If an original tune doesn't go over, dump it and write new material.

    A song is only as good as the audience says it is. I used to work with a song writer that would get all bent out of shape and whine when a song he thought was gold turned out to be poo.
  14. Bassist4Eris

    Bassist4Eris Frat-Pack Sympathizer

    Aug 11, 2012
    Upstate NY, USA
    Commercially speaking, OK. Artistically speaking, I must disagree.
  15. bassbully

    bassbully Endorsed by The PHALEX CORN BASS..mmm...corn!

    Sep 7, 2006
    Blimp City USA
    Yea give the people what they want. Jimi or Stevie's version is not going to go over well in allot of venues unless its a blues club.

    Stick to the known songs. I hate when a band member digs up an old B side or album deep cut and says " let's play this man the folks will love it" Ummm.... no they wont :rolleyes:
  16. bassbully

    bassbully Endorsed by The PHALEX CORN BASS..mmm...corn!

    Sep 7, 2006
    Blimp City USA
    Yea I see your point but Commercially is all that matters and pays the $$ :smug:
  17. mpdd

    mpdd neoconceptualist

    Mar 24, 2010
    we have been working on born under a bad sign at drone speed with drum loops, therefore i'm not sure anybody will realize it's a jimi song ;)
  18. sparkyfender2


    Nov 25, 2013
    You are a man of great wisdom!

    I used to work with a guitar man who had his own originals that he wanted us to work into the show....... Mmmm.

    We put it off for a long time, but he was a friend, and a killer player so we agreed, "Okay. We will play one of your songs at the next gig. Now, be happy!"

    We played it the next job. Song was a quirky, off beat number with an annoying hook, abrasive vocals, and was pretty much a piece of crap....... We played it in the middle of our rock covers set, and the yuppie-esque crowd just stared at us like we had passed a cloud of noxious gas. We were red faced and quickly shifted gears to something a bit more palatable. But the guitar player was thrilled, screw those dimwit bar patrons.

    The club manager actually came up to me and whispered in my ear; "Don't ever play that again, okay." Yes, sir.

    We didn't directly tell the songwriter about the manager's displeasure with his tune, or he would have thrown the offended artist hissy fit. Unfortunately, he heard about it from a third person, {bar waitress} and was, per choice, outraged. He showed late up at the next band meeting wearing a bitter little smirk, and when our BL called out a friendly, "There's our guitar player," he shot back, "Not any more I'm not!!" And then packed up his stuff. Bye.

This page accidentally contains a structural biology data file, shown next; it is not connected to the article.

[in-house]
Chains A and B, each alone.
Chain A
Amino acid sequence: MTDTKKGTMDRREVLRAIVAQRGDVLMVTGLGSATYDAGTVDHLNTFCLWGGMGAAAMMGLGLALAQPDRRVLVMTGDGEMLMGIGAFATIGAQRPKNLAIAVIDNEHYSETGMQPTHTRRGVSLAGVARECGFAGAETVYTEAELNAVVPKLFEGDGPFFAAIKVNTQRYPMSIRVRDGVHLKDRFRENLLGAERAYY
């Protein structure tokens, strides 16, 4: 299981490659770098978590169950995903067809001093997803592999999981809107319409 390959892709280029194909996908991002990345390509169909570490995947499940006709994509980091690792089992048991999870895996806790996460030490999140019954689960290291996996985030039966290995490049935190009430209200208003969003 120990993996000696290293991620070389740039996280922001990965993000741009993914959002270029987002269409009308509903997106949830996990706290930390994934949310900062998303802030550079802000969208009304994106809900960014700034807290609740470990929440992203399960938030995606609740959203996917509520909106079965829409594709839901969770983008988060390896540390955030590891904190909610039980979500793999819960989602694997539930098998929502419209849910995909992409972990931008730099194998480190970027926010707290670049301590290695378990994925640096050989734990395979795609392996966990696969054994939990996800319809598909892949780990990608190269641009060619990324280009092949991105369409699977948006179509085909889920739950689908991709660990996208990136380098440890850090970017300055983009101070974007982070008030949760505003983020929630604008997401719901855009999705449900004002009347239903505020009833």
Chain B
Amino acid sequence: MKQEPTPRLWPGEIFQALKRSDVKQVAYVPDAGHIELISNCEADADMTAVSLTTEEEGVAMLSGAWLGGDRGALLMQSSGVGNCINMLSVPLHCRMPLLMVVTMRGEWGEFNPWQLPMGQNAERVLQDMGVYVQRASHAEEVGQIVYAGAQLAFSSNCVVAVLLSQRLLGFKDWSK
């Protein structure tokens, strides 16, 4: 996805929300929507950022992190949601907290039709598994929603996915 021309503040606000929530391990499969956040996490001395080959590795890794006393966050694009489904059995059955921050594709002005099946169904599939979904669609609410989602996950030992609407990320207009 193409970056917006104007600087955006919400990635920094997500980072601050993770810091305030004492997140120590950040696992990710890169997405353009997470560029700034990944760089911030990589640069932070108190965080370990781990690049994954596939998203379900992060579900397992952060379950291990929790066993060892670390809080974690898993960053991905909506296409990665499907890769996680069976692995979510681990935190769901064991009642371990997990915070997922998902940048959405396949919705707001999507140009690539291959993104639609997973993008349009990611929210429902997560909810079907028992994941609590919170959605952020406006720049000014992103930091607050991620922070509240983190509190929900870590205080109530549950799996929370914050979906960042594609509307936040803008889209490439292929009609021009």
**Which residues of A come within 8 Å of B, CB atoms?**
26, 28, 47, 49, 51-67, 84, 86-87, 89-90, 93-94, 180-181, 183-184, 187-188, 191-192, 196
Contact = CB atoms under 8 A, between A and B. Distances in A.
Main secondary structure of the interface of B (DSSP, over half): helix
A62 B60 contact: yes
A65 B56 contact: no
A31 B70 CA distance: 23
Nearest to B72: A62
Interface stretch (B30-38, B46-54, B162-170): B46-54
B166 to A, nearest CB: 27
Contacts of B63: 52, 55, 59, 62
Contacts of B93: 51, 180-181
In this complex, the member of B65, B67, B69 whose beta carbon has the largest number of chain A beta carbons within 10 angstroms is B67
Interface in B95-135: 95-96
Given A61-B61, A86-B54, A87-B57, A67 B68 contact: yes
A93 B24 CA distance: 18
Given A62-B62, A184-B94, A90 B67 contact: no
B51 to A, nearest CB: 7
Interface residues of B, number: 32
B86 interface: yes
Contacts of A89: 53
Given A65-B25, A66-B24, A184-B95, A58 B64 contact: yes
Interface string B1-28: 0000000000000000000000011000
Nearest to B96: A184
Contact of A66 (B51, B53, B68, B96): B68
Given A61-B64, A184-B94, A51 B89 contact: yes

19. ZenG


    Dec 13, 2013
    Near the fridge
    Ask yourself:- would YOU go to a bar/dance to listen to that?

    I wouldn't.......I'm going to a bar not a concert.

    I think that most women don't care much about how good Jimi or Stevie was technically......

    They go the bar to have a good time/dance

    I like to listen to a song like VoodooChild for example over the headphones at home......where I can float off mentally into the imagery etc.

    Don't want to hear it in a bar/dance though......
  20. see now, I disagree. You HAVE to do at least 3 Clapton/Cream tunes. You HAVE to play Mustang Sally, Tush, Keep Your Hands to Yourself, What I Like About You, and other tunes that have been trampled to death my legions of cover bands before you. Do NOT try to play any music newer than about 1980 except for the couple mentioned above. Make sure to play some Bad Company, because everyone REALLY wants to hear an old guy singing about how he Feels Like Makin' Love. Finally - make sure you definitely play a few blues songs (SRV is a great example) then constantly be looking to add MORE blues to the set, even though it very clearly doesn't go over at ALL.

    I'm sorry. That's my current band frustration. Let me simply give a BIG +1 to the poster above who said "it's not about what you want to play, it's about what people want to hear" Now, if you have a good ear for that, you can do well. Sounds like you may have that ear, and are thinking in that vein. This is very good. If you are like your guitar player (and my band) then clearly, it's not going to go well. If you play that SRV tune, nobody will know it, and very very few will like it - unless they are your friends you are telling you 'you guys sound GREAT!' - just because they don't want to hurt your feelings.